bondms

Members
  • Content Count

    143
  • Joined

  • Last visited

  • Days Won

    2

bondms last won the day on June 7 2015

bondms had the most liked content!

Community Reputation

6 Neutral

About bondms

  • Rank
    Advanced Member

Profile Information

  • Gender
    Not Telling
  • Lexus Model
    IS200 SE (September 2001)
  1. I'd like to think so, but I guess the biggest factor is that 90% of my driving is on motorways and fast A-road dual carriageways where the car just sits in 6th gear and I don't need to touch the clutch or the break for mile after mile.
  2. To be honest, since I use this car daily for my 100 mile round-trip commute, I need it to be reliable and as soon it stops being so I'll look to change it. So far it hasn't let me down, but there are signs of age. For the first 190,000 miles I never needed to top-up the engine oil between services. That's no longer the case. I guess it's starting to burn a little oil, and that might be sign that the piston rings aren't as good as new any more. The exhaust system, alternator, starter-motor, water-pump, clutch, etc. are all originals. They continue to amaze me that they hold out, but I can't imagine they'll all last much longer. I'm sure something expensive will need doing soon, and it'll be hard to justify an expensive repair when the rest of the car has such a high mileage.
  3. I've generally used Dunlops with the IS. I tried one pair of Bridgstones (RE040s), but they didn't last nearly as long. I started with the OEM SP9000s before switching to SP3000s and then SPORTMAXX RTs. I think another 9 years at my mileage would be pushing it a bit. But if Lexus promised me an IS-F in exchange then maybe I'd give it a try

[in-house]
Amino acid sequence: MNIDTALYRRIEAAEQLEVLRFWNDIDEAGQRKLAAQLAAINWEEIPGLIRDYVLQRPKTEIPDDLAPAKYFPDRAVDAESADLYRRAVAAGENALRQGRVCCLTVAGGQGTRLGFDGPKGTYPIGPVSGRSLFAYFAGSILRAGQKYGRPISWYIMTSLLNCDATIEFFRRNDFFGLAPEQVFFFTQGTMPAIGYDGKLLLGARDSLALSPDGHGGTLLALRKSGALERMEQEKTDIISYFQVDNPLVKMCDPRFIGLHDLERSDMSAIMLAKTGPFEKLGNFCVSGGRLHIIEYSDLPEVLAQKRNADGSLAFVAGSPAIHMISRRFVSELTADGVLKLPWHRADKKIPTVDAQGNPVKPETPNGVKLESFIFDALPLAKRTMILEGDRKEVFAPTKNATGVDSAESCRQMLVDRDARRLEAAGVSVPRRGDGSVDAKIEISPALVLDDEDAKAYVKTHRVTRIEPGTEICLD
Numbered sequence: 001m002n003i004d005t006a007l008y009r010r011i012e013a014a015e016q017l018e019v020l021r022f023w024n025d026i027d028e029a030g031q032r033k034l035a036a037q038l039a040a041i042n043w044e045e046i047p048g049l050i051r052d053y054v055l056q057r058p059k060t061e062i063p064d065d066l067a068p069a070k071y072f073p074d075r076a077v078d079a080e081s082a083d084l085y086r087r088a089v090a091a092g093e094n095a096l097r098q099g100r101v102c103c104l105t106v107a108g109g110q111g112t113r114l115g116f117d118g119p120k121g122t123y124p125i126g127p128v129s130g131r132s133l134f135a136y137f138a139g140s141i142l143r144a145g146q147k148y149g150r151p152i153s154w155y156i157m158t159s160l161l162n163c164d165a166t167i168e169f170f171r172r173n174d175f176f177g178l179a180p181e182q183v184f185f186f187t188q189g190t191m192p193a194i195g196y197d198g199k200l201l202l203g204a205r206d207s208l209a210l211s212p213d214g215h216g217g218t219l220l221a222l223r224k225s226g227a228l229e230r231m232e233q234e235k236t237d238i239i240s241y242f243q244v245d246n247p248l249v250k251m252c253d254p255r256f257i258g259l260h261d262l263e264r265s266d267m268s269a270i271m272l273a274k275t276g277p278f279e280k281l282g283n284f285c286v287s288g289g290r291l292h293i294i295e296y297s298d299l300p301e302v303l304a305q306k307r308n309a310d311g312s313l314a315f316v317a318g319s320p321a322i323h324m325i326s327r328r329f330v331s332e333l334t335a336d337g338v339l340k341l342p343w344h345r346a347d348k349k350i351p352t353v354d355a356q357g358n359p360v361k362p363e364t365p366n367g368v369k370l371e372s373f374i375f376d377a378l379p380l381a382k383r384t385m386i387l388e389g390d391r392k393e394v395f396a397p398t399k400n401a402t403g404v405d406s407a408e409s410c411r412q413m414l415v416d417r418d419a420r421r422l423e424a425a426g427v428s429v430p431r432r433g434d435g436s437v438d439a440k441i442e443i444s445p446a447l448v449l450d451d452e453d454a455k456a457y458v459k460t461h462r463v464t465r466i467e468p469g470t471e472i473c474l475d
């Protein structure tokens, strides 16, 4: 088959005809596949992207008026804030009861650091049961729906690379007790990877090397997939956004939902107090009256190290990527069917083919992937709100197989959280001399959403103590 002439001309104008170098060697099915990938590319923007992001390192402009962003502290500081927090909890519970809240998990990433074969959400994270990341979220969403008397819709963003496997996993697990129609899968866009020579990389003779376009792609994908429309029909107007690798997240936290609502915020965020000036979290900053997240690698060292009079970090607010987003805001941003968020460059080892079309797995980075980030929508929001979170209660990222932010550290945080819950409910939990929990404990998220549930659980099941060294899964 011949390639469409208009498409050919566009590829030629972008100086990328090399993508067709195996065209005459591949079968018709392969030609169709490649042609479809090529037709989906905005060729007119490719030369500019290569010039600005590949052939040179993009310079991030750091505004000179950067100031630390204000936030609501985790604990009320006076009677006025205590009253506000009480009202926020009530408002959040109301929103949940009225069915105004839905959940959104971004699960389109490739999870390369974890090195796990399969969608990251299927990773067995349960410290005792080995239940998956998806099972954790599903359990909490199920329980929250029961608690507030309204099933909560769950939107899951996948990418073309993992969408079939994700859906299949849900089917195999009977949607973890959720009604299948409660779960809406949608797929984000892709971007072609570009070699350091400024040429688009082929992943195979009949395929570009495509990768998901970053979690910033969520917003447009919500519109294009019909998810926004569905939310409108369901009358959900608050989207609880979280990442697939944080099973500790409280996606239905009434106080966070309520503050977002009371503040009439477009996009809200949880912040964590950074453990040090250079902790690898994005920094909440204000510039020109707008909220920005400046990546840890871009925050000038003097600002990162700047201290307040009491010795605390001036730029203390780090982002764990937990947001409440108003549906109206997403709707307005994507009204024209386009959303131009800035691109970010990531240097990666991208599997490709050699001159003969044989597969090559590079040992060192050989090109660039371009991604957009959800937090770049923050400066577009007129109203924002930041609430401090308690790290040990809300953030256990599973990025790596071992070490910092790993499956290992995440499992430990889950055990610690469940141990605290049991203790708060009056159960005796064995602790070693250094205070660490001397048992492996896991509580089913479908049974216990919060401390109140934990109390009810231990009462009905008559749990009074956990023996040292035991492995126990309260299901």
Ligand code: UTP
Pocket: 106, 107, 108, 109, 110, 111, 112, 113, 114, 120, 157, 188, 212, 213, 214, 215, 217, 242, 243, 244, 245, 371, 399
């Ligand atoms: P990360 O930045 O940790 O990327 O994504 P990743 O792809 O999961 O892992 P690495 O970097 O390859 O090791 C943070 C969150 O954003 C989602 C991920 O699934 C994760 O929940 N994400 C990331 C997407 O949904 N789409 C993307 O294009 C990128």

4. Thanks for your advice. I definitely don't want my car ending up like that! Will look to get them changed very soon.
  5. Sorry, I wasn't ignoring you. I didn't want to reply before giving your suggesting some consideration and doing some research. I hadn't previously heard "So many reports of them giving way with no previous noises or play detected." so my experience didn't quite match yours. Thanks for your advice; it's certainly something I'll look into some more.
  6. I'm just a software engineer. It just happens that the office is 50 miles away from home.
  7. I wouldn't be disappointed with 200,000 from a hybrid. Compared to a regular non-hybrid engine it's a much newer and more complicated technology. Hopefully if they are capable of 200,000 miles already, then after a little more development they'll soon close in on reliability of regular engines. Perhaps the ones they are selling today already have.
  8. I've had to replace amazingly little. In terms of replaced non-service items the full list consists of two items: There was a leaky shock absorber that was replaced under warranty during the second year. There was a faulty crash sensor that was replaced a few years ago when the air-bag warning light came on. That's it for non-service items that have been replaced. The alloy wheels were refurbished (but not replaced) when they started to corrode. A common problem with Lexus I gather from the frequent posts on this site. Even service items have done well. The rear disks are still originals. The front disks have only been changed once. Even the pads have only been changed once on the rear and twice on the front. The ball joints are all originals. The battery has only been changed once. The tyres have, of course, been changed several times. But even these do well. The first set got 50,000 miles for those that started on the rear and 70,000 miles for those that started on the front. The radio has suffered the common ERR-1 or ERR-3 fault twice, but in both cases it was easily fixed at home without having to buy any new parts--just took the device out, freed the stuck disk, added some grease to the moving parts, cleaned the CD lens, and put it back together. All the indicator, brake-light and tail-light bulbs are original. The other external lights and some bulbs for back-lighting the dashboard switches have been changed at least once. I guess some of this has been due to the way the car has been driven, almost exclusively on motorway and A-road journeys causing little wear on the car. But I've still been impressed. The car has also been garaged most nights. Petrol has been by far the highest contributor to running costs. I've spent £39,000 on fuel averaging between 36 and 37 mpg.